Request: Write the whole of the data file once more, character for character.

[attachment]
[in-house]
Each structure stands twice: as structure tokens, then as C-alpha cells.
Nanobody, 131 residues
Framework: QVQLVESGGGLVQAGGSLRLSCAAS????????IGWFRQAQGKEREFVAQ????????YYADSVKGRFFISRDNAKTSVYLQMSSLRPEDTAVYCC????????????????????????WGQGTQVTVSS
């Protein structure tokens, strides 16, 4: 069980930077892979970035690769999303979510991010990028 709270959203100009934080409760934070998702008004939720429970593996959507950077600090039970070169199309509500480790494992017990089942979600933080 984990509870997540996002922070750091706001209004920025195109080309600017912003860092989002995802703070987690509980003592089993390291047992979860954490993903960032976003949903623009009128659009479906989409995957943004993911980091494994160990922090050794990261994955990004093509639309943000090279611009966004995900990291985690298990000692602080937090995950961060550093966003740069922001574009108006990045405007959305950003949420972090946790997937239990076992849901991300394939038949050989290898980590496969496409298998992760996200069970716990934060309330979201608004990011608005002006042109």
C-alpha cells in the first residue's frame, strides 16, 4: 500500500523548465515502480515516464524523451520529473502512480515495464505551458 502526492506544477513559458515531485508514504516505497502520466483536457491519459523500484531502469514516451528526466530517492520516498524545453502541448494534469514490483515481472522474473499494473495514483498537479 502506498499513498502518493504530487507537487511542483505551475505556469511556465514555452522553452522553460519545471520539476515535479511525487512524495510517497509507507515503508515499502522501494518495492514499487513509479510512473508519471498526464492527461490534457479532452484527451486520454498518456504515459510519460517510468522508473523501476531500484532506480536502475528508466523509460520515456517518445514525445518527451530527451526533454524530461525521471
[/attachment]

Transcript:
[in-house]
Each structure stands twice: as structure tokens, then as C-alpha cells.
Nanobody, 131 residues
Framework: QVQLVESGGGLVQAGGSLRLSCAAS????????IGWFRQAQGKEREFVAQ????????YYADSVKGRFFISRDNAKTSVYLQMSSLRPEDTAVYCC????????????????????????WGQGTQVTVSS
């Protein structure tokens, strides 16, 4: 069980930077892979970035690769999303979510991010990028 709270959203100009934080409760934070998702008004939720429970593996959507950077600090039970070169199309509500480790494992017990089942979600933080 984990509870997540996002922070750091706001209004920025195109080309600017912003860092989002995802703070987690509980003592089993390291047992979860954490993903960032976003949903623009009128659009479906989409995957943004993911980091494994160990922090050794990261994955990004093509639309943000090279611009966004995900990291985690298990000692602080937090995950961060550093966003740069922001574009108006990045405007959305950003949420972090946790997937239990076992849901991300394939038949050989290898980590496969496409298998992760996200069970716990934060309330979201608004990011608005002006042109």
C-alpha cells in the first residue's frame, strides 16, 4: 500500500523548465515502480515516464524523451520529473502512480515495464505551458 502526492506544477513559458515531485508514504516505497502520466483536457491519459523500484531502469514516451528526466530517492520516498524545453502541448494534469514490483515481472522474473499494473495514483498537479 502506498499513498502518493504530487507537487511542483505551475505556469511556465514555452522553452522553460519545471520539476515535479511525487512524495510517497509507507515503508515499502522501494518495492514499487513509479510512473508519471498526464492527461490534457479532452484527451486520454498518456504515459510519460517510468522508473523501476531500484532506480536502475528508466523509460520515456517518445514525445518527451530527451526533454524530461525521471